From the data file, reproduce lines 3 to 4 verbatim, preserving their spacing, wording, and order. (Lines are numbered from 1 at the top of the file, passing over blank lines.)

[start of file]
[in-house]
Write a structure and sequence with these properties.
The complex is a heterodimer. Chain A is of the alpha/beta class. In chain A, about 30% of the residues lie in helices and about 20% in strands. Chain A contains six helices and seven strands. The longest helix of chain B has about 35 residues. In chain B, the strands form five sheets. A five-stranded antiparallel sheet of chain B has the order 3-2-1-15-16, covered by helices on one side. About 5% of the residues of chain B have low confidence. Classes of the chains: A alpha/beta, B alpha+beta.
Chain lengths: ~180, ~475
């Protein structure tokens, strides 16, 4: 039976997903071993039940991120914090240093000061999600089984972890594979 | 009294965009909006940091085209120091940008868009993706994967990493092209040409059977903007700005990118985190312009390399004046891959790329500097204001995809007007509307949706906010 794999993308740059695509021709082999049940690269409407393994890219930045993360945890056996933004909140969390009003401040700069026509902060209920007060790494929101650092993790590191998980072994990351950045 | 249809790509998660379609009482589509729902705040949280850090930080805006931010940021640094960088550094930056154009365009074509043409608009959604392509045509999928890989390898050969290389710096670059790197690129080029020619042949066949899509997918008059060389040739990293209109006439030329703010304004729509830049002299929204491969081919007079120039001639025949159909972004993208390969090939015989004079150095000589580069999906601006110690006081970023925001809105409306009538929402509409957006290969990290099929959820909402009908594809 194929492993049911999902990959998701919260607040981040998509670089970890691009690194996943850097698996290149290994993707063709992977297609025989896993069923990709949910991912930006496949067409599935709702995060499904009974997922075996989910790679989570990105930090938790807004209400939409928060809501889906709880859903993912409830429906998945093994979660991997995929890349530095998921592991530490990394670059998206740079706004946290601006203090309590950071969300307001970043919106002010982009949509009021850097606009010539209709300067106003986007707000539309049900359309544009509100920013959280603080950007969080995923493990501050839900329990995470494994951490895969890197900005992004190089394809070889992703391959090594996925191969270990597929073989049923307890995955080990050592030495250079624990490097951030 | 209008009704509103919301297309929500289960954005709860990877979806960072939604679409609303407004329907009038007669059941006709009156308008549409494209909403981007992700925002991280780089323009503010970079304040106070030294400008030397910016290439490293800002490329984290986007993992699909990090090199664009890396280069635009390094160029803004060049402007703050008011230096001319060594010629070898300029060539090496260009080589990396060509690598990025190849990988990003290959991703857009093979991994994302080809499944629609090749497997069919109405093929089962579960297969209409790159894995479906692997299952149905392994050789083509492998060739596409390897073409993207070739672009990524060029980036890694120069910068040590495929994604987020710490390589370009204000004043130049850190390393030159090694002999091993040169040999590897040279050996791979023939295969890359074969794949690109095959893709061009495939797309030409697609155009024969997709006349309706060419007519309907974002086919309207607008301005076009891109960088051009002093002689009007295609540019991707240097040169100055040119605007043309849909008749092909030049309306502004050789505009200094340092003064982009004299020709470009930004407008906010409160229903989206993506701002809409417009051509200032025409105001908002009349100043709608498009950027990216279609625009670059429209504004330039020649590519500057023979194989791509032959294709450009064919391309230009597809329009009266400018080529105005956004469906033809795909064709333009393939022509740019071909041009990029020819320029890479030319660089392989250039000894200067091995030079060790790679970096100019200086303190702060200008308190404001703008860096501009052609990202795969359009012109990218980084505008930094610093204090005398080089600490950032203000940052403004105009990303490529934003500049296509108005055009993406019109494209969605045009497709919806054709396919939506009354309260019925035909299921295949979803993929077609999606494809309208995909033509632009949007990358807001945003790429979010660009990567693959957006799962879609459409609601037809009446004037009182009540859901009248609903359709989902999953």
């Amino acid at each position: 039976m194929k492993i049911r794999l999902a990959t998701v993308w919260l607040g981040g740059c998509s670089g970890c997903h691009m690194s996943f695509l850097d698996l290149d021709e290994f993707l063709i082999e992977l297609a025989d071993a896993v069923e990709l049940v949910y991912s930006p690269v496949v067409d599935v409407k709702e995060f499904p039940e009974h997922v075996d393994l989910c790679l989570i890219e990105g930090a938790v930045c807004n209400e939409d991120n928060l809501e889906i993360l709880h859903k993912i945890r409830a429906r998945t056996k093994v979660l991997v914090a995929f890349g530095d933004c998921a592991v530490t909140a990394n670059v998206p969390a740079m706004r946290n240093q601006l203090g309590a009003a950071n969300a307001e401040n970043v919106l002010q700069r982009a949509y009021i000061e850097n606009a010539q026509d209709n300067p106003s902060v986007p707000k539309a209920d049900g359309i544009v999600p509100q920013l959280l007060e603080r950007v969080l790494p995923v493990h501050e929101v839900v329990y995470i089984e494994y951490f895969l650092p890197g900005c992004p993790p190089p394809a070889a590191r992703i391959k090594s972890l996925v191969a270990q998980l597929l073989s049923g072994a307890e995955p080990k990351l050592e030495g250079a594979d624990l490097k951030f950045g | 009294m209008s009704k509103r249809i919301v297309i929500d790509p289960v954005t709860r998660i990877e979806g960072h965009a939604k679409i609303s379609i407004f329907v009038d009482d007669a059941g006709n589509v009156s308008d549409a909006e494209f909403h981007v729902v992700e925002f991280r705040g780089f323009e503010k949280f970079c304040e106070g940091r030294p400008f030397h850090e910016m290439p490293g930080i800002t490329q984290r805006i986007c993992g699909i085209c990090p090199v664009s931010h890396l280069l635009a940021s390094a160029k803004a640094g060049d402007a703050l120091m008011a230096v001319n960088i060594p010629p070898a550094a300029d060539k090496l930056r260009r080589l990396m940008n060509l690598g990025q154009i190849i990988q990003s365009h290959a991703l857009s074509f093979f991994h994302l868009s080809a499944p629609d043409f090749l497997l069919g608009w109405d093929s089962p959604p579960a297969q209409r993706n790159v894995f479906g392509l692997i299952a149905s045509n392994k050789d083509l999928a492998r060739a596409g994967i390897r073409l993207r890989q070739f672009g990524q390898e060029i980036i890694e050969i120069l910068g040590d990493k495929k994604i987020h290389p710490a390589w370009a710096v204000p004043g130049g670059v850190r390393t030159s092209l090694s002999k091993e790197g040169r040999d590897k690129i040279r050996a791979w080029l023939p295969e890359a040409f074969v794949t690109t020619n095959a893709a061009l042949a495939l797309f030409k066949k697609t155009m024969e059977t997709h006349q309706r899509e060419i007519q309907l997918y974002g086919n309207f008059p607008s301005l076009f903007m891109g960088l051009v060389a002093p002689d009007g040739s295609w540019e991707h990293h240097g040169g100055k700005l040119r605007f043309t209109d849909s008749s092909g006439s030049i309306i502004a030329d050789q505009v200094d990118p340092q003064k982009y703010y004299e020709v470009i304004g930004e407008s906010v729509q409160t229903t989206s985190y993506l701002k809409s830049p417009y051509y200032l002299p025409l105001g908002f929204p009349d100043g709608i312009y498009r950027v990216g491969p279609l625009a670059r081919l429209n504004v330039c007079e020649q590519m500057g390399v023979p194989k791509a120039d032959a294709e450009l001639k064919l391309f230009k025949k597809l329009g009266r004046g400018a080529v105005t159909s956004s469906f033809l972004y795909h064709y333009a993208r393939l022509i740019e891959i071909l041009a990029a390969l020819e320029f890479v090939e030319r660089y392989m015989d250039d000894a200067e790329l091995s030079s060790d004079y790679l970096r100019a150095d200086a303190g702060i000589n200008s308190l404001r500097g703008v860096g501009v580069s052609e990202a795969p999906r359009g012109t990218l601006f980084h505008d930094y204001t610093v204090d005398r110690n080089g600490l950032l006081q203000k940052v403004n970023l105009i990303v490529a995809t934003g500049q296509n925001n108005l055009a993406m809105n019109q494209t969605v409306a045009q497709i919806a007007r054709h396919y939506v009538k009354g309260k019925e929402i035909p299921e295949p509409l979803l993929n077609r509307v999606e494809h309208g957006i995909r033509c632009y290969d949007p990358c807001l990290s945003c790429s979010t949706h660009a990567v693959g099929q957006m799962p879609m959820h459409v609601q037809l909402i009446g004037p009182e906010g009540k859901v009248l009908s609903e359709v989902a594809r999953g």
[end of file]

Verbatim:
The complex is a heterodimer. Chain A is of the alpha/beta class. In chain A, about 30% of the residues lie in helices and about 20% in strands. Chain A contains six helices and seven strands. The longest helix of chain B has about 35 residues. In chain B, the strands form five sheets. A five-stranded antiparallel sheet of chain B has the order 3-2-1-15-16, covered by helices on one side. About 5% of the residues of chain B have low confidence. Classes of the chains: A alpha/beta, B alpha+beta.
Chain lengths: ~180, ~475